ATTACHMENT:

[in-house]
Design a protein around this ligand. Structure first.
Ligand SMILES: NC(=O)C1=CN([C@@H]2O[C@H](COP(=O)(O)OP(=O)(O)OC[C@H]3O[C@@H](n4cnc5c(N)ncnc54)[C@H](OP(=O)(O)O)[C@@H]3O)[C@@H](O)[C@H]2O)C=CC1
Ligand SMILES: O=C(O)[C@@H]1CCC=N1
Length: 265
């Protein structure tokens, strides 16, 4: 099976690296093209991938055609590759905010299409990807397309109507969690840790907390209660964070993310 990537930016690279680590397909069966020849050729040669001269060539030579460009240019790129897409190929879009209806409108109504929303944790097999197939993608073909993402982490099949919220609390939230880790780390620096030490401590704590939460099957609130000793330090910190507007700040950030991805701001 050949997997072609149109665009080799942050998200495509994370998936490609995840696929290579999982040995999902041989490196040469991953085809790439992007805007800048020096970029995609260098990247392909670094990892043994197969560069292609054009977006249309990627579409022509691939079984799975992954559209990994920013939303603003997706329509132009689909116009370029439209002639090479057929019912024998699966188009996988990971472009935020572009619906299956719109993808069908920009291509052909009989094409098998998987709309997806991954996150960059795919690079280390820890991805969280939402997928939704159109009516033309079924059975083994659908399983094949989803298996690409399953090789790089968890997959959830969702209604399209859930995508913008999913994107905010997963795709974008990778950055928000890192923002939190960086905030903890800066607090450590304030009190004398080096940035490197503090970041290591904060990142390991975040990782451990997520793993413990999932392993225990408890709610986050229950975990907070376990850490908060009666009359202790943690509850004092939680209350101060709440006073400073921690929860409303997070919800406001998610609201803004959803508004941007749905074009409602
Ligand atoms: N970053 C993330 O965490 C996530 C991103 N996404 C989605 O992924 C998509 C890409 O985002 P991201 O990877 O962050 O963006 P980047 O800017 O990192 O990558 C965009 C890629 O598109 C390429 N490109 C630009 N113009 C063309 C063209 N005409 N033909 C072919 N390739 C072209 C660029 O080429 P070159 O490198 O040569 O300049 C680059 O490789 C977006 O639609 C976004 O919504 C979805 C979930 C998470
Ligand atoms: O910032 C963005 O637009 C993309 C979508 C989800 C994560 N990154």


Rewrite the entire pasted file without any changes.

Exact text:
[in-house]
Design a protein around this ligand. Structure first.
Ligand SMILES: NC(=O)C1=CN([C@@H]2O[C@H](COP(=O)(O)OP(=O)(O)OC[C@H]3O[C@@H](n4cnc5c(N)ncnc54)[C@H](OP(=O)(O)O)[C@@H]3O)[C@@H](O)[C@H]2O)C=CC1
Ligand SMILES: O=C(O)[C@@H]1CCC=N1
Length: 265
């Protein structure tokens, strides 16, 4: 099976690296093209991938055609590759905010299409990807397309109507969690840790907390209660964070993310 990537930016690279680590397909069966020849050729040669001269060539030579460009240019790129897409190929879009209806409108109504929303944790097999197939993608073909993402982490099949919220609390939230880790780390620096030490401590704590939460099957609130000793330090910190507007700040950030991805701001 050949997997072609149109665009080799942050998200495509994370998936490609995840696929290579999982040995999902041989490196040469991953085809790439992007805007800048020096970029995609260098990247392909670094990892043994197969560069292609054009977006249309990627579409022509691939079984799975992954559209990994920013939303603003997706329509132009689909116009370029439209002639090479057929019912024998699966188009996988990971472009935020572009619906299956719109993808069908920009291509052909009989094409098998998987709309997806991954996150960059795919690079280390820890991805969280939402997928939704159109009516033309079924059975083994659908399983094949989803298996690409399953090789790089968890997959959830969702209604399209859930995508913008999913994107905010997963795709974008990778950055928000890192923002939190960086905030903890800066607090450590304030009190004398080096940035490197503090970041290591904060990142390991975040990782451990997520793993413990999932392993225990408890709610986050229950975990907070376990850490908060009666009359202790943690509850004092939680209350101060709440006073400073921690929860409303997070919800406001998610609201803004959803508004941007749905074009409602
Ligand atoms: N970053 C993330 O965490 C996530 C991103 N996404 C989605 O992924 C998509 C890409 O985002 P991201 O990877 O962050 O963006 P980047 O800017 O990192 O990558 C965009 C890629 O598109 C390429 N490109 C630009 N113009 C063309 C063209 N005409 N033909 C072919 N390739 C072209 C660029 O080429 P070159 O490198 O040569 O300049 C680059 O490789 C977006 O639609 C976004 O919504 C979805 C979930 C998470
Ligand atoms: O910032 C963005 O637009 C993309 C979508 C989800 C994560 N990154």